SI Vault
Edited by Robert Sullivan
May 19, 1986
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May 19, 1986


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"Well," said Nicklaus, "then there's no reason to go back."


?As Robert F. Jones has reported (SI, June 10, 1985), efforts have been made over the years to protect Champ, the monster who either does or doesn't exist in Lake Champlain. The Vermont senate, following the lead of the New York legislature, recently passed a resolution expressing its will that no harm be done to the beast. Joseph Zarzynski of Greenfield Center, N.Y., a schoolteacher and longtime champion of Champ who has led searches for the serpent, expressed the opinion of all monster watchers: "Oh, that's terrific."

?The bad news continues for Des Moines Creek, a 2�-mile stream in Washington State that lost 50,000 fish to a November fuel spill from nearby Seattle-Tacoma International Airport (SCORECARD, Jan. 13 et seq.). By early March the creek had flushed itself of the fuel, and on March 10 it received a planting of 7,000 coho salmon fry. But on April 6 at least 5,500 gallons of fuel leaked from a Northwest Orient Airlines tank and Des Moines Creek was dead once again. The Washington Department of Ecology has demanded explanations from the airline, and fines of up to $20,000 could be levied.

?The NCAA banned TCU's football team from playing in a bowl game next season, ordered the school to pay back $343,203 in TV revenues and stripped the Horned Frogs of 35 football scholarships for the next two years as punishment for admitted booster payments to players and recruiting violations that included the procurement of prostitutes for high school prospects (SI, Sept. 30, 1985). Coach Jim Wacker, who last fall told the NCAA of some of the violations, said, "The current staff was not found guilty of any violation." He called the sanctions "a setback for self-disclosure." But NCAA assistant executive director for enforcement Steve Morgan said that the violations represented "as blatant an example of cheating to gain an unfair advantage" as he had seen.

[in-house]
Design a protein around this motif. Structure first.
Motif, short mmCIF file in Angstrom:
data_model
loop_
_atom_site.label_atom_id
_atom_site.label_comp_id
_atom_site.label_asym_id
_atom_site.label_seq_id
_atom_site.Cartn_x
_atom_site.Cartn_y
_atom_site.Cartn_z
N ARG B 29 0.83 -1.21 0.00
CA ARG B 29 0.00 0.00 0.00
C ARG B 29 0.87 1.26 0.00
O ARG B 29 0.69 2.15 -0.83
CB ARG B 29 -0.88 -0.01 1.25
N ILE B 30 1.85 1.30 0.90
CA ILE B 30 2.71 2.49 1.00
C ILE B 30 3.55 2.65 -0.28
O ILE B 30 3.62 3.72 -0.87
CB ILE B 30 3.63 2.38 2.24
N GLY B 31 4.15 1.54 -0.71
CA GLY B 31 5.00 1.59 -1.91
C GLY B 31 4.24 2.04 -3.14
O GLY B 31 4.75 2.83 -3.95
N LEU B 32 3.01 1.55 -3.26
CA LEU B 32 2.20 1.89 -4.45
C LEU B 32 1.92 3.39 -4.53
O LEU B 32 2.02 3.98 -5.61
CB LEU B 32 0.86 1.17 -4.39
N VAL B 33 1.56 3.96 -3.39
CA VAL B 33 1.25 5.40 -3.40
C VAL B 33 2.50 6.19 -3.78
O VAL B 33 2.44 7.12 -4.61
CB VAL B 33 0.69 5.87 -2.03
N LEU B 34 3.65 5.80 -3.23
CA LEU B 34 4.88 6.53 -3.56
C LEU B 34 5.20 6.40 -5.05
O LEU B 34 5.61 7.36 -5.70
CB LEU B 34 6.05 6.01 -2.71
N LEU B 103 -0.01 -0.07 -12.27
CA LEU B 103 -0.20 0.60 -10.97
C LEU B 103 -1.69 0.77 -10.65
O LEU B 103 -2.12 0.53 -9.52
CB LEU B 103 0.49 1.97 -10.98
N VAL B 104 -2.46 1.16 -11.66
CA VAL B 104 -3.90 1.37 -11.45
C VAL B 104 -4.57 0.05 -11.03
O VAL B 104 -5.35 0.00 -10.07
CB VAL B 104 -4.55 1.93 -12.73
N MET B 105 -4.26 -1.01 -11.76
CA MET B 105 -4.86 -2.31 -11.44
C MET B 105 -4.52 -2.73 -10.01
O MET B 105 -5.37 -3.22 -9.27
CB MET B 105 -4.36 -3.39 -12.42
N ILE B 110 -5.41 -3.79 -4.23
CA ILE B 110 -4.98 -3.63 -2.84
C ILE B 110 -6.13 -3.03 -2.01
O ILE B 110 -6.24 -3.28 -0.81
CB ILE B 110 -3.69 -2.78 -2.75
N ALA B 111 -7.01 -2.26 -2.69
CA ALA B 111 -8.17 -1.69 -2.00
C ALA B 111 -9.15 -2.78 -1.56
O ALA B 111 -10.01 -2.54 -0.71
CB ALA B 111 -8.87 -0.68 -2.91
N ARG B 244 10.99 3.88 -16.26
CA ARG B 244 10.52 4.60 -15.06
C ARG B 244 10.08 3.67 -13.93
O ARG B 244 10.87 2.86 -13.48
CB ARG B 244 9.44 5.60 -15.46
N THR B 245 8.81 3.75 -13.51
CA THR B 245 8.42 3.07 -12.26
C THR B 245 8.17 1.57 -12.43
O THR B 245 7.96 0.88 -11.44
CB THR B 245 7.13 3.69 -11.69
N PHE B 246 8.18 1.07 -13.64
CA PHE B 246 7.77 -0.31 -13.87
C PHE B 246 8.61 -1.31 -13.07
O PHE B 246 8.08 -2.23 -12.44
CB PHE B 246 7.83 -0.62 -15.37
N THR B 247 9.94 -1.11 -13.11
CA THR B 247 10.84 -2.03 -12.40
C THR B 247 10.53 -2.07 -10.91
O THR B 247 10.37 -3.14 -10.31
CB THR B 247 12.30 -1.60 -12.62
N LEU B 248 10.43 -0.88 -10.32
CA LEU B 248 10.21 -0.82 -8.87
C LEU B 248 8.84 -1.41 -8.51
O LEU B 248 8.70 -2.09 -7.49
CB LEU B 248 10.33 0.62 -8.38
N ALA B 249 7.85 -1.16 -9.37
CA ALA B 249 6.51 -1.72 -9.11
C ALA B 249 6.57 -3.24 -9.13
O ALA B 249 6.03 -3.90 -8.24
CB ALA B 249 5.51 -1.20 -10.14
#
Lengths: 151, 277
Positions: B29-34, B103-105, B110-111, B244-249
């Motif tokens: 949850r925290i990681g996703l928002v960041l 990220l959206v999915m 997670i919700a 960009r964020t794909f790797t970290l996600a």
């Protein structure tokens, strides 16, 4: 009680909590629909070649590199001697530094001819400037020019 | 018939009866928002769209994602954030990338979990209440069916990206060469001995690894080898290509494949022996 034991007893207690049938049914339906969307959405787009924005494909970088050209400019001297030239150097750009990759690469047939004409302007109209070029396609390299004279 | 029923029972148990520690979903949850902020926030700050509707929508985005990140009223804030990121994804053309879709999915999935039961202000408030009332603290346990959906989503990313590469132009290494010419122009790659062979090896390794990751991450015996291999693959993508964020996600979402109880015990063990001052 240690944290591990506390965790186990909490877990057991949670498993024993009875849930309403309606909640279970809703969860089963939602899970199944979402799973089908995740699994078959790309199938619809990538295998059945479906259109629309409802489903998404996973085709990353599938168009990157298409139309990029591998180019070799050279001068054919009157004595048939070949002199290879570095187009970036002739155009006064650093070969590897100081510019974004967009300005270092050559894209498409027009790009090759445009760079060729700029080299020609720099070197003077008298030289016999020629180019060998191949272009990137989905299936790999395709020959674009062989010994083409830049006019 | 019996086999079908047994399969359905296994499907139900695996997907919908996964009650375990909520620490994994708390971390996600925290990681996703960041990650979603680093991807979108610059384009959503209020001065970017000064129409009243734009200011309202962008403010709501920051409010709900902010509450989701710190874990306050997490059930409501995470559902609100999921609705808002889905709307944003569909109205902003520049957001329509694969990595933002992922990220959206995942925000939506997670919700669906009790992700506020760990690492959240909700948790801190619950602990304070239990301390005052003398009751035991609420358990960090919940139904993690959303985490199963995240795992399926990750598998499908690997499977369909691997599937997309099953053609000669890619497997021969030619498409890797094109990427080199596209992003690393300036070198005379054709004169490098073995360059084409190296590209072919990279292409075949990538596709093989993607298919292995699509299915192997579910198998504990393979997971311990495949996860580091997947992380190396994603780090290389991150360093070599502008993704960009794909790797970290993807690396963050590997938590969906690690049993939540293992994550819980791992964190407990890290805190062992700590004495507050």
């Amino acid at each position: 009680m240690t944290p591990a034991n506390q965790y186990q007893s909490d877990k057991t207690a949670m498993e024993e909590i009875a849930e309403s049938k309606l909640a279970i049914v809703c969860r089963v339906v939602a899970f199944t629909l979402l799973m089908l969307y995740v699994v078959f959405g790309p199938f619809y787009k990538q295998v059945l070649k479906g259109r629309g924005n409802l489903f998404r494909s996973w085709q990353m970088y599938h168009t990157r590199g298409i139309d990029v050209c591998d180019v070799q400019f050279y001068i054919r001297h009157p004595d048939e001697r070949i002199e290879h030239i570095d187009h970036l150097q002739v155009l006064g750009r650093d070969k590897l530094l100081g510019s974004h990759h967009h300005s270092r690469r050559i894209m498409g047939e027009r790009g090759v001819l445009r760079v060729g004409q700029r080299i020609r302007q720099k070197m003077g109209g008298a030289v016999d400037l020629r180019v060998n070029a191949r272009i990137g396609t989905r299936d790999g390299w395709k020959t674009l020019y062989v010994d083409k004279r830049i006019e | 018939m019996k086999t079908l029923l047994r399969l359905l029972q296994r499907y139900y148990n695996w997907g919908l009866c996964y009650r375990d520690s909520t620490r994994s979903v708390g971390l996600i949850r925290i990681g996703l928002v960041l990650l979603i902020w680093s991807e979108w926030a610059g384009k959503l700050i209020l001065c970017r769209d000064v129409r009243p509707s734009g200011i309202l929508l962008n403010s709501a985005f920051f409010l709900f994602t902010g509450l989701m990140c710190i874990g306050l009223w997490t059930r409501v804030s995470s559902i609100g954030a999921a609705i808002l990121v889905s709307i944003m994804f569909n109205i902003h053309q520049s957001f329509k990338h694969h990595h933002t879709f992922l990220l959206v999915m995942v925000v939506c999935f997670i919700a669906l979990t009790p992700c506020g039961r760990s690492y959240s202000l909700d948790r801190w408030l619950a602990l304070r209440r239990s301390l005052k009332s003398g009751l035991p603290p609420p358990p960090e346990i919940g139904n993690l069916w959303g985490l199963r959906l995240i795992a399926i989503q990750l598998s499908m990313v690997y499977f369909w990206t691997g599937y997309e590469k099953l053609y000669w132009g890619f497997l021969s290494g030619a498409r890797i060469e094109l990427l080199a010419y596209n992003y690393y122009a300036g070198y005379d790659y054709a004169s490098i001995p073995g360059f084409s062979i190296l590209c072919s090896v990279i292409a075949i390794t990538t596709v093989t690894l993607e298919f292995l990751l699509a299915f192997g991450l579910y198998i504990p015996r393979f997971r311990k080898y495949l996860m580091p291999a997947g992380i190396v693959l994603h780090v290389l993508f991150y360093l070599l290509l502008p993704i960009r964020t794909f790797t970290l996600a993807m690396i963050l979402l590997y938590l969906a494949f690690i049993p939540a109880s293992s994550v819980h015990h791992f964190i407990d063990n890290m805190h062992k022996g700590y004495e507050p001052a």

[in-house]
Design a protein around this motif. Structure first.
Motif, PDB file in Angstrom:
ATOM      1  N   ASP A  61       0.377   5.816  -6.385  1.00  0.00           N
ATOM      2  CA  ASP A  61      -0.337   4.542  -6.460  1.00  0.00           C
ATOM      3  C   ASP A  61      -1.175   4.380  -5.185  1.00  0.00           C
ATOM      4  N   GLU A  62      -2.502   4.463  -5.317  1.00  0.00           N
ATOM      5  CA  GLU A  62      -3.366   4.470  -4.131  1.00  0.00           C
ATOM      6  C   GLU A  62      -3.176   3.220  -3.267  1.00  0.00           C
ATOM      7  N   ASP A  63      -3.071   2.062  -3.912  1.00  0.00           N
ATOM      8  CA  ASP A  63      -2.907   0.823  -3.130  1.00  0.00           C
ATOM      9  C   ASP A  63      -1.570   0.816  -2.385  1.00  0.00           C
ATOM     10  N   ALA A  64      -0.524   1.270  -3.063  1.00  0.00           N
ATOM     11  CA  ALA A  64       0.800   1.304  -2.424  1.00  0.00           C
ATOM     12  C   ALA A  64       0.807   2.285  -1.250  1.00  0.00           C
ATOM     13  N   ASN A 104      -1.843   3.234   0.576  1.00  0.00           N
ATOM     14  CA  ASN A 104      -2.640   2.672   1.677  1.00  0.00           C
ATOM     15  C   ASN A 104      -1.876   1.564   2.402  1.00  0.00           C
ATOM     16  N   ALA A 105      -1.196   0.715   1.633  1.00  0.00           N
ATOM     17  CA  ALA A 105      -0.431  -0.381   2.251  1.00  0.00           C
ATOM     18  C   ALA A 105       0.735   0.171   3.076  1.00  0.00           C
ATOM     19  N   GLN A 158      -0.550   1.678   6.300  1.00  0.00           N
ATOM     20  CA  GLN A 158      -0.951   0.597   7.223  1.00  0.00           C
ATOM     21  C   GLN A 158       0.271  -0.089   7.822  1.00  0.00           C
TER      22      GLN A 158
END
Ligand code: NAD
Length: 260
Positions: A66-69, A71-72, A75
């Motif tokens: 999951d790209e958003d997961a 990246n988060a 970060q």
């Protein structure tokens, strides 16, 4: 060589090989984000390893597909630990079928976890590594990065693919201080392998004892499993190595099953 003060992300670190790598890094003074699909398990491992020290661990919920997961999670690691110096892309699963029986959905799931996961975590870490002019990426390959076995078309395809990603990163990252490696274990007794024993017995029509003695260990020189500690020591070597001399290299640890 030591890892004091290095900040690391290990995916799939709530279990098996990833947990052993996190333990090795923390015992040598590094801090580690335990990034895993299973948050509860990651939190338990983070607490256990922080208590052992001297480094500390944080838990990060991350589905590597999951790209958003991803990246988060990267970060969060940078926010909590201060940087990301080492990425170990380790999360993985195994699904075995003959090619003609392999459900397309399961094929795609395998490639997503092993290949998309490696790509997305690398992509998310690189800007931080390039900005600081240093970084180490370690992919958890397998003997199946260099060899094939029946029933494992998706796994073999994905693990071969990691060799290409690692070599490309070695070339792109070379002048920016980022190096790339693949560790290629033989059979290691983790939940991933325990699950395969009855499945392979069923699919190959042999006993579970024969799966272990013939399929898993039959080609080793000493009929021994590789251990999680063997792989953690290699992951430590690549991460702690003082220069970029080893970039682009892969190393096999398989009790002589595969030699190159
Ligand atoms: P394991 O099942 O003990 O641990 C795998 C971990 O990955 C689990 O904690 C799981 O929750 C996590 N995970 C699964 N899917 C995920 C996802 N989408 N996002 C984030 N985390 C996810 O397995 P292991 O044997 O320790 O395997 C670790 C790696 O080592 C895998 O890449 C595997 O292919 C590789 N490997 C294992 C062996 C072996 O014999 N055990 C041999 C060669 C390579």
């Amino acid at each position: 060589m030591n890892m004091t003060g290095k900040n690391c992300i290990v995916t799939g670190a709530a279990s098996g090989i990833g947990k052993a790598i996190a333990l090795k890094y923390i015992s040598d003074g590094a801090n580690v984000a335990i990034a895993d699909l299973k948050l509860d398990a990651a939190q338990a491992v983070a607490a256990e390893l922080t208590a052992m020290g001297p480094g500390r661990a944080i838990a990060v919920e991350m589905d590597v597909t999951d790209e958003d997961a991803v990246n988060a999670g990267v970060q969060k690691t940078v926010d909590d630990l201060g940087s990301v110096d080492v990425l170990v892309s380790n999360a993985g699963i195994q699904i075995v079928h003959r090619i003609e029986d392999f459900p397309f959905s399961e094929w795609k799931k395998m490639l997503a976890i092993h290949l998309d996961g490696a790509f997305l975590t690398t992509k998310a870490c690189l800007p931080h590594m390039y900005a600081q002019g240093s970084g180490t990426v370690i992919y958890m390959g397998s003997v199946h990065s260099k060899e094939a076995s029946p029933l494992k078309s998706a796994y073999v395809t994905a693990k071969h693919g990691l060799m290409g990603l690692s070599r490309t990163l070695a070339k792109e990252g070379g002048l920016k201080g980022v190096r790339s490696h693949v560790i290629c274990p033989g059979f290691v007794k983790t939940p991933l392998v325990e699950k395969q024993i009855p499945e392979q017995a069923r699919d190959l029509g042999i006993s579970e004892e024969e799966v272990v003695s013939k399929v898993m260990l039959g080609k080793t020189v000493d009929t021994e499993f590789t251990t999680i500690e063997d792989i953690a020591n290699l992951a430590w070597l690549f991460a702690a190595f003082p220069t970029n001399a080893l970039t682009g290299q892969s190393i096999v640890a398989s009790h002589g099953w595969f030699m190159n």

?Former heavyweight champion Larry Holmes has issued a protest of the decision in his April 19 loss to Michael Spinks (SI, April 28). Charging "collusion" among boxing officials to deny him the victory and assailing the competency of the judges, Holmes filed his complaint with both the International Boxing Federation and the Nevada Athletic Commission. The NAC said that the competency issue is closed, but agreed to hear Holmes's claim of collusion. It scheduled a hearing for June 18.


Good things come to those who wait. If you don't believe that, ask Philadelphia 76ers G.M. Pat Williams. In October 1978, as part of a general housecleaning, Williams traded Lloyd (now World B.) Free to the San Diego (now L.A.) Clippers for a first-round draft choice in 1984. A year later he traded Joe (Jelly Bean) Bryant who, like Free, had been a cocky young reserve, to the Clippers for a first-round draft choice in 1986. At the time, the Sixers' future first-rounders were high school underclassmen.

Has Williams's long-term investment strategy paid off? Has it ever. On June 17 the Sixers, by virtue of winning the top spot in Sunday's NBA lottery, will pick first in the NBA college draft, using the choice it received for Bryant. Williams isn't saying for sure who that pick will be, but he likely will choose Brad Daugherty. The 6'11" Daugherty was a center at North Carolina, but in Philadelphia, where the middle is manned by Moses Malone, Daugherty probably would line up as a forward, opposite Charles Barkley. Not incidentally, Barkley was acquired with the 1984 first-round draft choice that the Sixers received for Free.

Oh, yes, Bryant is out of the NBA, and Free, while still an able performer with Cleveland, won't be missed next season by the Barkley-led (and Daugherty-strengthened?) Sixers.

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